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Restoration Fires Back at Sears

The housewares chain wants Ed Lampert's retail empire to sign a standstill agreement.
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Restoration Hardware



Sears Holdings


to join its buyout process on Tuesday, but the high-end housewares chain said Ed Lampert's retail empire has to agree to a so-called standstill agreement.

"While Sears has announced its willingness to sign a confidentiality agreement, there is no agreement on terms and, to date, instead of agreeing to the standstill agreement to which other interested parties have agreed, Sears has proposed to reserve the right to launch a tender offer outside the process," said an independent committee of Restoration's board of directors in a statement on Tuesday.

A standstill agreement typically limits a company from buying shares in a target as a way of preventing a hostile takeover. Sears Holdings, the owner of the Sears and Kmart chains, already purchased a 13.7% stake in Restoration Hardware earlier this month.

Sears Holdings has suggested it was being shut out of the bidding on Restoration Hardware after a private firm called Catterton Partners teamed up with the company's chairman and CEO, Gary Friedman, to take it private for $6.70 a share, or about $267 million.

In a letter to Restoration's board that was made public in a regulatory filing Monday, Sears said it was willing to top Catterton's offer by a nickel a share, based on public information that was available. However, the retailer said it was confused by Restoration's demand that it make an offer before receiving access to insider information to evaluate the company.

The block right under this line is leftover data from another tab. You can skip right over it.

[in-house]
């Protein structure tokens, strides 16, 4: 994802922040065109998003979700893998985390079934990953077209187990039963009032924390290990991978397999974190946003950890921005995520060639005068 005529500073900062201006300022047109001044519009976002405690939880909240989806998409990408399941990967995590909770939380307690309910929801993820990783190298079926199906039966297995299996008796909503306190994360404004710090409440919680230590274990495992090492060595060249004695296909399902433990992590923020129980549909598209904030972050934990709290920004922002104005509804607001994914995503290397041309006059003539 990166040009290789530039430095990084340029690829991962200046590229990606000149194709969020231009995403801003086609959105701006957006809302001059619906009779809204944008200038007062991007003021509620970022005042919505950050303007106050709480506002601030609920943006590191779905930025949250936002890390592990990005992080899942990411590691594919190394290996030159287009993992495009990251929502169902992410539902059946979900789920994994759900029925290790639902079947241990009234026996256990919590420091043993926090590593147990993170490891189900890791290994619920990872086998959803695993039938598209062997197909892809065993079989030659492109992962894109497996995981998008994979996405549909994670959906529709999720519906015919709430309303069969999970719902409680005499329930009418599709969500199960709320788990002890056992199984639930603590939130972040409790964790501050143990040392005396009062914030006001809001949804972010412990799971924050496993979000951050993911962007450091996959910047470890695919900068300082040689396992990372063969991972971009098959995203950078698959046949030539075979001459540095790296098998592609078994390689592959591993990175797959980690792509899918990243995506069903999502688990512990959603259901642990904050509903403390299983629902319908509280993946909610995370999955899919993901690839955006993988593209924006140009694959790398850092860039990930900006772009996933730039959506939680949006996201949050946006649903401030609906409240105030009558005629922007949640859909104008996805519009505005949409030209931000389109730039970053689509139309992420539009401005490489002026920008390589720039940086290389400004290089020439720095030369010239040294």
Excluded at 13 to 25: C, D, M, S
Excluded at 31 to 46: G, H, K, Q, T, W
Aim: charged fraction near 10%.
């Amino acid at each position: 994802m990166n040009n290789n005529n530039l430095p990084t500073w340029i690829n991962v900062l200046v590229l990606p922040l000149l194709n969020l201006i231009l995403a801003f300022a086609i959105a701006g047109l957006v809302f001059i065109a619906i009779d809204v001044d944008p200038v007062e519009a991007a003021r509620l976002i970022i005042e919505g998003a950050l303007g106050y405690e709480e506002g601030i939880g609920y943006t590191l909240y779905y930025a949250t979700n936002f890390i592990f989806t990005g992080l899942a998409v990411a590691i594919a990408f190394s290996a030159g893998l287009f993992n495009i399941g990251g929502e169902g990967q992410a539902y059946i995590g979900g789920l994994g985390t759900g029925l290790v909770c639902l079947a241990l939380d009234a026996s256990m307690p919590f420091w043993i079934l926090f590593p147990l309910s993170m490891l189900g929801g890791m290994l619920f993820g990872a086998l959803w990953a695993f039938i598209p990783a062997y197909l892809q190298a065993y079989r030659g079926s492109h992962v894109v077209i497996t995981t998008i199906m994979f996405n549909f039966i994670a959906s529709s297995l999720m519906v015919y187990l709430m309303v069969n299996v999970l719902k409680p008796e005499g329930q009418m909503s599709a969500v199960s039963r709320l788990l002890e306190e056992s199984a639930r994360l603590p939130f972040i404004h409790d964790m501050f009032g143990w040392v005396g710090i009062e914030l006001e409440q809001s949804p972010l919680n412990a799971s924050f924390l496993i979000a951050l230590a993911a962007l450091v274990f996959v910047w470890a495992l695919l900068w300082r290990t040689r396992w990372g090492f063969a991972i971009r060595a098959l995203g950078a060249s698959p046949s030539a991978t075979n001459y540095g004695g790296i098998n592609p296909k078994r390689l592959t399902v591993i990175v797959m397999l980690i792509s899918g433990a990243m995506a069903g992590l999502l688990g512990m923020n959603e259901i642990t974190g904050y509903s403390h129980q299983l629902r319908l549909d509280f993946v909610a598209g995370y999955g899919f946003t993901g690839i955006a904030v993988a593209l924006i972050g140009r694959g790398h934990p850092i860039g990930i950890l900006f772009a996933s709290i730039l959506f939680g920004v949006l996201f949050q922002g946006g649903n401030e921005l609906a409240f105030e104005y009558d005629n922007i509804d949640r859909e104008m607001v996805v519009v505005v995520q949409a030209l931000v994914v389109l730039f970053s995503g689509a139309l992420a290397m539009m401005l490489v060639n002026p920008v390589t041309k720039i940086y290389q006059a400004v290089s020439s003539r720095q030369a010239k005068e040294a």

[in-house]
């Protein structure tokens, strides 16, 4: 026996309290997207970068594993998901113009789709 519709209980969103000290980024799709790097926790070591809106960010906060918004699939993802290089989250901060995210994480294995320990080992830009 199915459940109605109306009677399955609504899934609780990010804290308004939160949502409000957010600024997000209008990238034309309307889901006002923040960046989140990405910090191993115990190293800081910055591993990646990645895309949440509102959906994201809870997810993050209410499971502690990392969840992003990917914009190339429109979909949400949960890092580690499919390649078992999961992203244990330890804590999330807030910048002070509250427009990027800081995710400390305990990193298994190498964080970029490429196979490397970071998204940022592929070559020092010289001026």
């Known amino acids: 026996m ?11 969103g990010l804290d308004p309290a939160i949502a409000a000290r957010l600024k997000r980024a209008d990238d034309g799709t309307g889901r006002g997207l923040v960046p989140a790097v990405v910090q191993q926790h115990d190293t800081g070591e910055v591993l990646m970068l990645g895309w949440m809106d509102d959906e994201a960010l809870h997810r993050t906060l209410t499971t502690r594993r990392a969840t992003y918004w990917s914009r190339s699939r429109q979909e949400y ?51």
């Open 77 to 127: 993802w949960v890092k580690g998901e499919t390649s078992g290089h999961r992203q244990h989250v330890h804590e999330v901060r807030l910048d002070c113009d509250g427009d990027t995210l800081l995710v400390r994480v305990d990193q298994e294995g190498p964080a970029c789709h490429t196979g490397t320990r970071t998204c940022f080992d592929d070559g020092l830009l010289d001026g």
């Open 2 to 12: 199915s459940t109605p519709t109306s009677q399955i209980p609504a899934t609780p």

Sears also indicated in the letter that it believed the private-equity firm, in its deal with management, was being favored in the buyout process.

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Restoration said Tuesday it's encouraged by Sears' current proposal of $6.75 a share, noting that it's "a vast improvement" over its original proposal to pay $4 a share for the chain. At the same time, its independent committee said it believes that stockholder value will be maximized if Sears agrees to a standstill pact.

"Sears is an American icon," said Ray Hemmig, chairman of the committee, in a press release. "We are flattered that it is interested in learning more about our company. We welcome its participation in the process along with the other interested parties. However, the committee is firmly committed to a fair process that will yield the best results for all stockholders and believes that process is best served through all parties agreeing to the proposed standstill terms without preferential treatment of one party over another."

A spokesman for Sears declined to comment. Shares of Sears recently were up $4.01, or 3.7%, to $111.78.

With only $713 million in annual revenue, Restoration is fairly inconsequential for Sears Holdings, a $16 billion company that hedge fund manager Lampert cobbled together by merging Kmart with Sears Roebuck to form the nation's third-largest discount-chain owner. That said, Lampert appears to see value in Restoration's brand if it can be brought into his holding company.

With shares of Restoration Hardware recently trading at $7.04, above both suitors' offering price, investors are betting on the potential for a bidding war. Lampert's tentative offer looks like an attempt to force Restoration's board to consider his proposal out of fiduciary duty, though it also signals to shareholders that he could be willing to go higher once he has more information.

Catterton Partners is a consumer-focused private-equity firm based in Lampert's hometown of Greenwich, Conn. Its $6.70-a-share deal came at a 150% premium to where Restoration's stock was trading the day the deal was announced, so it's hardly a low-ball offer.

The Catterton agreement allows for a 35-day "go shop" period for Restoration to entertain competing proposals from third parties. That period ends Dec. 13.

Observers say Friedman, a merchandising genius credited with building


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into an arbiter of good taste, is probably opposed to working with an activist investor like Lampert.

"Gary Friedman wants to take this baby private on his own terms so he can build it and have a nice chunk of equity," says Howard Davidowitz, chairman of retail research and investment banking firm Davidowitz & Associates. "He knows that Lampert probably sees value in the brand and wants to combine it with Sears. As a high-end merchandiser, he doesn't want any part of that."